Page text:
The article said the Telecoms Amendment Act allows for an infrastructure sharing obligation on all licensees, “which should allow new players in the sector to roll out without taking on heavy costs of infrastructure and facilities such as cell sites and towers, landing stations and cables.”

It said that winners of the spectrum licence will be required to launch commercial services within 18 months, if they already operate in Jamaica, or no later than 24 months for new entrants. It said that they will have to commit to 50 per cent population coverage within the first year-and-a-half and 90 per cent with four years, while newcomers will have to reach 30 per cent of the population by the end of its second year after getting the licence.

“Not meeting those requirements, means losing the licence,” the article pointed out.

In Guyana, the recent award of premium services cable licences in 2010 to two operators – ahead of others – has raised the question of favouritism and lack of transparency. Brian Yong and Vishok Persaud were granted licences while veteran broadcaster Anthony Vieira was snubbed even though his proposal entailed revenue to the city of Georgetown.

Interestingly, in the year prior to the granting of the licence, both Yong and Persaud were connected in different ways to the campaign to have former President Bharrat Jagdeo re-elected to a third term. Yong had been linked to a group supporting Jagdeo’s re-election to another term. But in an interview with Stabroek News he distanced himself from the effort while giving a ringing endorsement to Jagdeo.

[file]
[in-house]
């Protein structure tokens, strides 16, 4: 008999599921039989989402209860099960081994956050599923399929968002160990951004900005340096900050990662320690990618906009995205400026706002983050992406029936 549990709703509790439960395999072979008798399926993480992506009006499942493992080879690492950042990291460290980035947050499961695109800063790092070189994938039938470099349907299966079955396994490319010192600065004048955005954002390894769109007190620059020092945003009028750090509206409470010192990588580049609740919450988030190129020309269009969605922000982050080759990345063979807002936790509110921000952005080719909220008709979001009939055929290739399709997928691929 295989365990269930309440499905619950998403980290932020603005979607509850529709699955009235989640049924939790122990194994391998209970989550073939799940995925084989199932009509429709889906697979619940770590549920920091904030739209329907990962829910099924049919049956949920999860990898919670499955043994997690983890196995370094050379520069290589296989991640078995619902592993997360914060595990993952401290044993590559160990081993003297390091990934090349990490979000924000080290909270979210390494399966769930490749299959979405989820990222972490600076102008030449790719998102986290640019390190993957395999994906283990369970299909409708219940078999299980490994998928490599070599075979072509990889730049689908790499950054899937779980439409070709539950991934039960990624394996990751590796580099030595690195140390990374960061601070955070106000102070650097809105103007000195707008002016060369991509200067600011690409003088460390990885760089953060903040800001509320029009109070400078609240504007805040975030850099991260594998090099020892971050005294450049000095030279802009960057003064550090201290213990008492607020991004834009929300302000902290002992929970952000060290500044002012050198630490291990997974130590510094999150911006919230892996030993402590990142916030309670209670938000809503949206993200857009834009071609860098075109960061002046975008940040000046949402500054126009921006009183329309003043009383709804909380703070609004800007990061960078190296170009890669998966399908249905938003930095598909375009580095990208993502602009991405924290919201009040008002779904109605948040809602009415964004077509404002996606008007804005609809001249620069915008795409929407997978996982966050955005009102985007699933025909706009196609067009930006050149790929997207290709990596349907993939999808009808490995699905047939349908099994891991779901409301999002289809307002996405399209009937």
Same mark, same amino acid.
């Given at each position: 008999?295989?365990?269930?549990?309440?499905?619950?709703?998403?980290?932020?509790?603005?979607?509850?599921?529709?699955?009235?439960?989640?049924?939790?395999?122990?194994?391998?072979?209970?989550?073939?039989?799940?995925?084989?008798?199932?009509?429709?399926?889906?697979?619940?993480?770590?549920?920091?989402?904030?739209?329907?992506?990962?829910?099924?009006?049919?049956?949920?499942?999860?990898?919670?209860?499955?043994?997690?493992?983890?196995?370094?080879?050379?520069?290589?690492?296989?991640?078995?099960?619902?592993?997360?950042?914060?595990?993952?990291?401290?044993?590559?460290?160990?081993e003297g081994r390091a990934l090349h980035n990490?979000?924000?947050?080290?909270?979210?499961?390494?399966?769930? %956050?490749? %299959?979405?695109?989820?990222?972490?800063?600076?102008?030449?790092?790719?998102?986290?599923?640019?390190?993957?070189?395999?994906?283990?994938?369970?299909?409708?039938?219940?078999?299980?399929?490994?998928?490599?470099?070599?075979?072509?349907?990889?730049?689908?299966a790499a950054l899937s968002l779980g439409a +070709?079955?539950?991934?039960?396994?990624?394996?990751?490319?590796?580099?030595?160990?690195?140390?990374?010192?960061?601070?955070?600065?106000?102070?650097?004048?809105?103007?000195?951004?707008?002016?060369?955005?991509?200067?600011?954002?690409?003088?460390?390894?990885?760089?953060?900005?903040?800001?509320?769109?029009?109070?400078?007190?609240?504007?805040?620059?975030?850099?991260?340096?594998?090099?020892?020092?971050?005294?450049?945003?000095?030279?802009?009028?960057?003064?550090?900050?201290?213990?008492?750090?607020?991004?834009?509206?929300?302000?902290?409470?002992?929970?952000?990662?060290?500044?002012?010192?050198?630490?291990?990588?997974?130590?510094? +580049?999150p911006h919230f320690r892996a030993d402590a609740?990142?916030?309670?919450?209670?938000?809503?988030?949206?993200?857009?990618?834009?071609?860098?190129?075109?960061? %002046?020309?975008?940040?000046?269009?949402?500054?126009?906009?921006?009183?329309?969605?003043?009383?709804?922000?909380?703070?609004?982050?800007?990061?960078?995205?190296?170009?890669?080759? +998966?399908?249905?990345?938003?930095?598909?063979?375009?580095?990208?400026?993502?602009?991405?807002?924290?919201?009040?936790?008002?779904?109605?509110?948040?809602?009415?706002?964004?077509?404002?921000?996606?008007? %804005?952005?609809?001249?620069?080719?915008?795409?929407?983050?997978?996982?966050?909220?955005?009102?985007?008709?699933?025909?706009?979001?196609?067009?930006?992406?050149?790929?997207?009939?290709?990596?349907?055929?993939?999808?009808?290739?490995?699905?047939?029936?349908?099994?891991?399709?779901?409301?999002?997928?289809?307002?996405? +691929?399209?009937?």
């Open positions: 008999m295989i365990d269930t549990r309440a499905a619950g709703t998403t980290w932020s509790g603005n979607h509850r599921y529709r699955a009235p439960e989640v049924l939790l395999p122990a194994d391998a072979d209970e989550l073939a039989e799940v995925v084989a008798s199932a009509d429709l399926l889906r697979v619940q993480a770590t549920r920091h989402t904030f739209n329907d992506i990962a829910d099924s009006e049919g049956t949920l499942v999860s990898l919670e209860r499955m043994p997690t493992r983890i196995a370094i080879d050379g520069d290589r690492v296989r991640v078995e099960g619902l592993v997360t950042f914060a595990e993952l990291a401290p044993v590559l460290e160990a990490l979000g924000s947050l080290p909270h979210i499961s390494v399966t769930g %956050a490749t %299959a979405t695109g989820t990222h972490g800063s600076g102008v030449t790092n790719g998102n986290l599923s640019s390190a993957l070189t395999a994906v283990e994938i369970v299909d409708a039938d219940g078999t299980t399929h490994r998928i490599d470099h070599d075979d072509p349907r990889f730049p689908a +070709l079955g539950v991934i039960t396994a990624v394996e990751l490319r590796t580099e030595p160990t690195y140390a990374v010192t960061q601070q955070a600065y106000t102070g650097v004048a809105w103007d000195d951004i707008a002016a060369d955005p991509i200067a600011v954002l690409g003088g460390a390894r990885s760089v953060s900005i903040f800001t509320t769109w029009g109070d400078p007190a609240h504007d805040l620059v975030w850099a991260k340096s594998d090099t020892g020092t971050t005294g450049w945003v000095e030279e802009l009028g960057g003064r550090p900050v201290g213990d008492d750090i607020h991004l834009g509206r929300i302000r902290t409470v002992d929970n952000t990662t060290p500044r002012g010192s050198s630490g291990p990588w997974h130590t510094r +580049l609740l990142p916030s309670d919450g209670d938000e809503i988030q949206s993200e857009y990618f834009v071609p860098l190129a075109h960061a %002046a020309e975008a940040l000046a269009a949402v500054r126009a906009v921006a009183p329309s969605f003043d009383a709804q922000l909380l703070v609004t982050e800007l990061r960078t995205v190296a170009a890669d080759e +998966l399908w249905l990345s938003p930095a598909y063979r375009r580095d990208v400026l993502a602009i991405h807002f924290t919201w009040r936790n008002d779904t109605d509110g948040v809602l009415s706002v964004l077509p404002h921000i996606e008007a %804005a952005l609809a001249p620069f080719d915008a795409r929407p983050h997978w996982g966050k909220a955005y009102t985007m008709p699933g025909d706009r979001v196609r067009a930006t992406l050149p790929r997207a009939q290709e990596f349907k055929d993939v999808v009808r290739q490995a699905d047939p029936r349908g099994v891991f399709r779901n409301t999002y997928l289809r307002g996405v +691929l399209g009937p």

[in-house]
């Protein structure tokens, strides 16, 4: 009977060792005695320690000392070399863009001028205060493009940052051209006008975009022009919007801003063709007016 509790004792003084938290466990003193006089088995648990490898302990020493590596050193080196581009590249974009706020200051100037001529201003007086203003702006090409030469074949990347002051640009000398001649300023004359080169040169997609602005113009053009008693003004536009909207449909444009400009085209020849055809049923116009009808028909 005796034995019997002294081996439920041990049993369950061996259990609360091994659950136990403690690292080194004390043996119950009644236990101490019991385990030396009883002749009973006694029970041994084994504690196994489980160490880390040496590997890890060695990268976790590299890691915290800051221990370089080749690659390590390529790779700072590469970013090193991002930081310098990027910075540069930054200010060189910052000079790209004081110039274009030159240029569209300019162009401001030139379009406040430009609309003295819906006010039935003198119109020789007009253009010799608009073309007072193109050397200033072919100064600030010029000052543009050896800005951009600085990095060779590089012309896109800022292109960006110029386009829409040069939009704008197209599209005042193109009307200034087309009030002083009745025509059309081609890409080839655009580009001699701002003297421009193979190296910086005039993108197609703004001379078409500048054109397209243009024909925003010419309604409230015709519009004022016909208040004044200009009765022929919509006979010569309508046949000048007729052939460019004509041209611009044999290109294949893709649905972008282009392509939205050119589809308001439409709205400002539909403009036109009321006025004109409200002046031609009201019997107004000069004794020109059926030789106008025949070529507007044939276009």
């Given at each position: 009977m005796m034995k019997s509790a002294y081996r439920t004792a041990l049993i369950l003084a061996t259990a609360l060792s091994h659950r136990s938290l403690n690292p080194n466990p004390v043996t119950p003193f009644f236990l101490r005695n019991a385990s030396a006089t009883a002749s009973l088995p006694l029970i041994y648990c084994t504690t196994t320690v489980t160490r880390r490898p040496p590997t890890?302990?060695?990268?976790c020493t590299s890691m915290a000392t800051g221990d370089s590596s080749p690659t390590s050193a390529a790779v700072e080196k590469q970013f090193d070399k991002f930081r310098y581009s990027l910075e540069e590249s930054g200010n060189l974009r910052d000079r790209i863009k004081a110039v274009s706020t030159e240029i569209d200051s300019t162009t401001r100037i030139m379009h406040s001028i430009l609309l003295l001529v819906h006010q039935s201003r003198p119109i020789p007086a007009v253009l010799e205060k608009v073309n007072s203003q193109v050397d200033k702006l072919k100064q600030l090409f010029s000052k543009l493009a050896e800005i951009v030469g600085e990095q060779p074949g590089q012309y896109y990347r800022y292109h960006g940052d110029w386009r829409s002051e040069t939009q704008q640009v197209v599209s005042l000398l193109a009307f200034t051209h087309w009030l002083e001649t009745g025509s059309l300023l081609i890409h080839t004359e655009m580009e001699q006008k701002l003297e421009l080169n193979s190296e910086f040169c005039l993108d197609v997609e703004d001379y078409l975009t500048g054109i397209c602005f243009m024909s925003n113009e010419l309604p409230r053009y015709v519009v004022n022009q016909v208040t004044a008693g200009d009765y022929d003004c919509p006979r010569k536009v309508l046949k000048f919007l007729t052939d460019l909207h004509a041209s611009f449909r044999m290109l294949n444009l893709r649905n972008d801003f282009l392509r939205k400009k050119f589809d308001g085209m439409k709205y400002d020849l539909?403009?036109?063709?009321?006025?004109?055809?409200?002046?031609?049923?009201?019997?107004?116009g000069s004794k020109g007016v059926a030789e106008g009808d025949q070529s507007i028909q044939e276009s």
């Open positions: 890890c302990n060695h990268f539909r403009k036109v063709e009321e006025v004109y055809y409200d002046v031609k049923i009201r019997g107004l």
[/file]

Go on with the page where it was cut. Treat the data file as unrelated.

Persaud’s father, the late Reepu Daman Persaud, had endorsed Jagdeo for a third term.

It is still unclear how it was that these two businessmen came to obtain their licence ahead of others and the criteria utilised. There was no public auction or any information released on the process. What is also not known is what Persaud and Yong were required to pay for the valuable licences and whether they have been tied to specific commitments under the licence. Also not known is the duration of the licences.

Former President Jagdeo in meetings with cable operators in 2007 and in 2010 had admonished them about unauthorised operations. Following that, the next major development was when the Government revealed recently, following a question in Parliament,  that Yong and Persaud received their licence to commence operating in December 2010.

Hinds said that all other cable operators received their licences at an earlier date. He said that Linden Cable Network received its permission in 2007, as had Infinity Telecommunications Inc. in Linden, Linden Cable Network, Bartica Communications Network, Carib Atlantic Cable Network in Mahaicony and E3 Communications in Corriverton.

Speaking to Stabroek News, Hinds explained why it was that the Government allowed the companies to operate outside of regulations. “We were in a start-up situation…we are still to get the new Telecommunications legislation which will address this,” he had told this newspaper.

He said that there had been a lot of convergence happening in the sector and said that in a start-up situation “you have to see what happens…at the beginning you have to not do things too early and see how things might be.”